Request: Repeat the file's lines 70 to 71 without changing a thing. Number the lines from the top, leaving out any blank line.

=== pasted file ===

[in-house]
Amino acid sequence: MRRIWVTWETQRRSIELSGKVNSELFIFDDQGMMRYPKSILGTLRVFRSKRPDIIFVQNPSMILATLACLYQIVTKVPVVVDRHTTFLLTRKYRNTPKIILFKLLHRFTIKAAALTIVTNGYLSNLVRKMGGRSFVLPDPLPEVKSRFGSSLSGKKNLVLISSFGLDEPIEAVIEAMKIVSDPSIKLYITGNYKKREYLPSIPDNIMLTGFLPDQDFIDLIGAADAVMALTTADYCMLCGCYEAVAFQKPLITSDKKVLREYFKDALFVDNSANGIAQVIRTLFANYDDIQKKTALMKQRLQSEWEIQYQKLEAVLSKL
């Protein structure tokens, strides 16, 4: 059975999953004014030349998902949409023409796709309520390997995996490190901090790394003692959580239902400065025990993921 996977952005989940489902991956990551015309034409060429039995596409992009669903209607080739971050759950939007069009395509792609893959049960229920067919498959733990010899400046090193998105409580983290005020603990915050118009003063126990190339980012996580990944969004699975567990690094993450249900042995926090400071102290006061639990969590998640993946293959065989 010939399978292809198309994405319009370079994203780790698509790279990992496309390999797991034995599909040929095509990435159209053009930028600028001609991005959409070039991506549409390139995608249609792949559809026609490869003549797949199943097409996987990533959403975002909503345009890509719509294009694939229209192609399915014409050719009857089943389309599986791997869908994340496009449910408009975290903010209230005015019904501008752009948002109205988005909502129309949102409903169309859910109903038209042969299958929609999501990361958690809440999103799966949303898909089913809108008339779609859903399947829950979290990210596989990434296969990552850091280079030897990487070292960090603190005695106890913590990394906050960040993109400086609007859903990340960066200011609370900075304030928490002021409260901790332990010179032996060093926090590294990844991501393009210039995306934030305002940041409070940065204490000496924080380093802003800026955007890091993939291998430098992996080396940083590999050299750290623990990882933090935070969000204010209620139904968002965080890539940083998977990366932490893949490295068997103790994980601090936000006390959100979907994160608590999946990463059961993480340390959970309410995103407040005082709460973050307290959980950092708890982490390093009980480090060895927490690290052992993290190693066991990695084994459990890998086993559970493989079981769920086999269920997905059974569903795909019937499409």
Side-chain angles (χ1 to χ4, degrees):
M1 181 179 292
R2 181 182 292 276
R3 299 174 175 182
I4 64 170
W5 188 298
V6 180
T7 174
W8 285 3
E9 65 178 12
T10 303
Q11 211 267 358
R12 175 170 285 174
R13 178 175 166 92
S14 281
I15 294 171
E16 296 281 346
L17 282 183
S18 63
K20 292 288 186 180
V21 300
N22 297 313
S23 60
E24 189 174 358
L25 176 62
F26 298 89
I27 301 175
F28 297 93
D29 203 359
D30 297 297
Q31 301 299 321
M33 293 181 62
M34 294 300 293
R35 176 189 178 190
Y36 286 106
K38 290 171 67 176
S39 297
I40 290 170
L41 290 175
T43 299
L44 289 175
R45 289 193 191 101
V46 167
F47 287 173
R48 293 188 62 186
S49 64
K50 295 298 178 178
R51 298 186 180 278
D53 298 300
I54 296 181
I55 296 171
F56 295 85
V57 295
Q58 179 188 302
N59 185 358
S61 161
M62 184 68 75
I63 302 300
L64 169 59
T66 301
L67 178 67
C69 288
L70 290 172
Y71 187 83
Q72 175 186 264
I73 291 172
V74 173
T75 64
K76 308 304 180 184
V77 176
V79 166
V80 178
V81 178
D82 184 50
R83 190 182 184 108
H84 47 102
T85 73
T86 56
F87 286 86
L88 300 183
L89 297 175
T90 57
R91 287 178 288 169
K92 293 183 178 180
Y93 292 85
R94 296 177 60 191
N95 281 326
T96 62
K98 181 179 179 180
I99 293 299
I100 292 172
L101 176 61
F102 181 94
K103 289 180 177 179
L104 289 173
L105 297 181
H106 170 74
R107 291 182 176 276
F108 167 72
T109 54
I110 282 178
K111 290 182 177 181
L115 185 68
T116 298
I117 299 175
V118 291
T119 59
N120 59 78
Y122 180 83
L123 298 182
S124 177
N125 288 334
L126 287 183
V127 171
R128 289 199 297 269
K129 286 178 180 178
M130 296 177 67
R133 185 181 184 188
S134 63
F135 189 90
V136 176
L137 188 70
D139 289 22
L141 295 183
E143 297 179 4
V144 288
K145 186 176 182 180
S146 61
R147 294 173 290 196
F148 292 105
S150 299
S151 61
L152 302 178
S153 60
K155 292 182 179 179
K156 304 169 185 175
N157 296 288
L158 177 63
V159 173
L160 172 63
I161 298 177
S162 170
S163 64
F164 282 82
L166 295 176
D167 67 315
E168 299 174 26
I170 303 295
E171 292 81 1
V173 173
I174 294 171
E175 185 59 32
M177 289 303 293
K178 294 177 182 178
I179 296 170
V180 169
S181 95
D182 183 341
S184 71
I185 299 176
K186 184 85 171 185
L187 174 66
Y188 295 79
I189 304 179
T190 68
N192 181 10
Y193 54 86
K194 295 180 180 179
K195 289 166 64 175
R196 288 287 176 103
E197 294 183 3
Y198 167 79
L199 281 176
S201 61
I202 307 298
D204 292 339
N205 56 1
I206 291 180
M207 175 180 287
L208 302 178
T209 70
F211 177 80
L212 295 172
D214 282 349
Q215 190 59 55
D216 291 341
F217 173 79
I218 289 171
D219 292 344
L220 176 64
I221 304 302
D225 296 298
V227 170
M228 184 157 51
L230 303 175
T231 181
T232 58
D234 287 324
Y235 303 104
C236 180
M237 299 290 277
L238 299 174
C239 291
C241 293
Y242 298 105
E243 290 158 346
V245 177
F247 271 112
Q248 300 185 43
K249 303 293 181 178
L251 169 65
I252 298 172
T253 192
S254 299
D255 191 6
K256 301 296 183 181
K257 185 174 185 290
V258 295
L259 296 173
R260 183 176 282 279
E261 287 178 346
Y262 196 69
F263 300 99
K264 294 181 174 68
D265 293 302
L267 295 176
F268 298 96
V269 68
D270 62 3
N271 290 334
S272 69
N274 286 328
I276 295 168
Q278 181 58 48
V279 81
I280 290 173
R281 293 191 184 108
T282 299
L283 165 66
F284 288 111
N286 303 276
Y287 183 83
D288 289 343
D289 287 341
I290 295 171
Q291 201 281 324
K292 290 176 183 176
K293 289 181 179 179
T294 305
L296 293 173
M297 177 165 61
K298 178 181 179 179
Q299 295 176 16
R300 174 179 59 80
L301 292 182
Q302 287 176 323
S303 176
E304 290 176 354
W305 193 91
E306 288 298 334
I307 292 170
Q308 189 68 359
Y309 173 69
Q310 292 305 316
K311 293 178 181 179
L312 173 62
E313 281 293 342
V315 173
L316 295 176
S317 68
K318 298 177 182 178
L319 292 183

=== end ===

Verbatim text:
V74 173
T75 64